U.S. consumers are feeling the love this year—and many will show it with their wallet.
According to an annual survey released by the National Retail Federation and Prosper Insights & Analytics, total spending this Valentine's Day is expected to reach $19.6 billion, up from $18.2 billion last year. The numbers are the second-highest in the survey’s 15-year history, topped only by the record $146.84 and $19.7 billion seen in 2016. On average, consumers is expected to spend $143.56 on Valentine’s Day as 55 percent of the population celebrates this year, an increase from last year’s $136.57.
“Americans are looking forward to pampering and indulging their loved ones with flowers, candy, dinner and all of the other Valentine’s Day stops,” NRF President and CEO Matthew Shay says. “With the holidays behind them and the winter months dragging along, consumers are looking for something to celebrate this time of year.”
This year’s survey found consumers plan to spend an average $88.98 on their significant other/spouse ($12.1 billion), $25.29 on other family members such as children or parents ($3.5 billion), $7.26 on children’s classmates/teachers ($991 million), $7.19 on friends ($982 million), $5.50 on pets ($751 million) and $4.79 on co-workers ($654 million). Consumers ages 25-34 will be the biggest spenders at an average of $202.76.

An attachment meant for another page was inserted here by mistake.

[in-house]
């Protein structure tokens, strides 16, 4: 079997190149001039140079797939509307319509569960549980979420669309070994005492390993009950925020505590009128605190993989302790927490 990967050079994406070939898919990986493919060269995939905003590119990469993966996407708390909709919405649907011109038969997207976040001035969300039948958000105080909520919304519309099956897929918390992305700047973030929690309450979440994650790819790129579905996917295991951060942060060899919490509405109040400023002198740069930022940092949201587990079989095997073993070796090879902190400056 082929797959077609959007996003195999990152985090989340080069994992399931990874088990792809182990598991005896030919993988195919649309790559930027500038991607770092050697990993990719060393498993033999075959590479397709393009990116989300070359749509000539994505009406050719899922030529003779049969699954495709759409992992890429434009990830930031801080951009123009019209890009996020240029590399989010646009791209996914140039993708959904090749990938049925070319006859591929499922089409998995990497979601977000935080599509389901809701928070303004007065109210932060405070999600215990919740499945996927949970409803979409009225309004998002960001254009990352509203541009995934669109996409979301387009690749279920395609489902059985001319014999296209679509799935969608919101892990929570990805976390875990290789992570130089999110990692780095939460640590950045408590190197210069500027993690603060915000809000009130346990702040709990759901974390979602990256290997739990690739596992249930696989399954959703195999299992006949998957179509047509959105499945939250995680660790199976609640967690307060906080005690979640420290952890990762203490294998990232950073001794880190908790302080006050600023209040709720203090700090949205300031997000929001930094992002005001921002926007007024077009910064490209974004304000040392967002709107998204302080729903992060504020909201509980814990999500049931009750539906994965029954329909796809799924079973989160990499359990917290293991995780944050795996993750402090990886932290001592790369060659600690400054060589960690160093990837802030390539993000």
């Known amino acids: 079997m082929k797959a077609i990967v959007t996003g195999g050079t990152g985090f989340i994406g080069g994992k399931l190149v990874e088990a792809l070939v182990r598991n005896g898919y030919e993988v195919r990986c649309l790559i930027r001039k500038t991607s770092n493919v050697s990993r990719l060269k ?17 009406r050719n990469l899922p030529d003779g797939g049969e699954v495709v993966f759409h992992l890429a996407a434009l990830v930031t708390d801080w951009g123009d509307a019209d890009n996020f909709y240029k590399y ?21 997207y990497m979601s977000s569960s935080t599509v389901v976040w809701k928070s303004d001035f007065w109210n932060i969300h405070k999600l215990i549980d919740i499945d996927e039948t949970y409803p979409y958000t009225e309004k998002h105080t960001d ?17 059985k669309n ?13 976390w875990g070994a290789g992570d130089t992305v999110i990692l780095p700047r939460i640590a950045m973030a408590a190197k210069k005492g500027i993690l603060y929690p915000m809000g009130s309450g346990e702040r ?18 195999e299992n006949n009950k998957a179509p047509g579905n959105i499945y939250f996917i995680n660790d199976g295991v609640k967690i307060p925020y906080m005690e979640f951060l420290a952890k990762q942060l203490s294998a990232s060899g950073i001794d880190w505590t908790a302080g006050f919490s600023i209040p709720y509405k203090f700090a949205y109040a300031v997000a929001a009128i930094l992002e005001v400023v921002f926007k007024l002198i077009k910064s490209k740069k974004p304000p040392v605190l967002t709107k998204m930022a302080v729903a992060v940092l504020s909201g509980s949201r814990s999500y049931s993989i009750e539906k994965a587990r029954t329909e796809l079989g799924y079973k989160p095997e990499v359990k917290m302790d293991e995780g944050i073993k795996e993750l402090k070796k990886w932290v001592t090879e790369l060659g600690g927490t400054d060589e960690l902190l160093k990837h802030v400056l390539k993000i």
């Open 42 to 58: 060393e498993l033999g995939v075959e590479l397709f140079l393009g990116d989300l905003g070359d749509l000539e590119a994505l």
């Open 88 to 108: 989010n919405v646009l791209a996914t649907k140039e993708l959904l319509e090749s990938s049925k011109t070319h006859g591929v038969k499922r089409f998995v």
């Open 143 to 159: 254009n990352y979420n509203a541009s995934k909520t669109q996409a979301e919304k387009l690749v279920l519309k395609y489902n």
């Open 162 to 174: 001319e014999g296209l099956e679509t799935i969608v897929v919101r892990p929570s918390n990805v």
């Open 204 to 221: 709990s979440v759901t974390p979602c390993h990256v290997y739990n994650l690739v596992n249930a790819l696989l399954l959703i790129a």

Those celebrating Valentine’s Day plan to spend $4.7 billion on jewelry (19 percent), $3.7 billion on an evening out (35 percent), $2 billion on flowers (36 percent), $1.9 billion on clothing (17 percent), $1.5 billion on gift cards/gift certificates (15 percent) and $894 million on greeting cards (46 percent). More consumers plan on purchasing candy this year, with 55 percent (up from 50 percent) saying they will give gifts of candy for a total of $1.8 billion.
“Gifts of experience” such as tickets to a concert or sporting event continue to be popular, sought by 42 percent of consumers, but only 24 percent plan to give one. Those 25-34 are the most likely to give such a gift at 41 percent.
Much the same as last year, consumers plan to shop at department stores (35 percent), discount stores (32 percent), online (29 percent), specialty stores (19 percent), florists (17 percent), and local small businesses (14 percent).
Even those foregoing Valentine’s Day festivities won’t be left out. More than a quarter (27 percent) of consumers who are not observing the holiday have an alternative in mind such as treating themselves in some way or getting together with family and friends.
“Valentine’s Day has become a holiday consumers take advantage of not only to spoil their loved ones but themselves,” says Phil Rist, executive vice president of strategy for Prosper.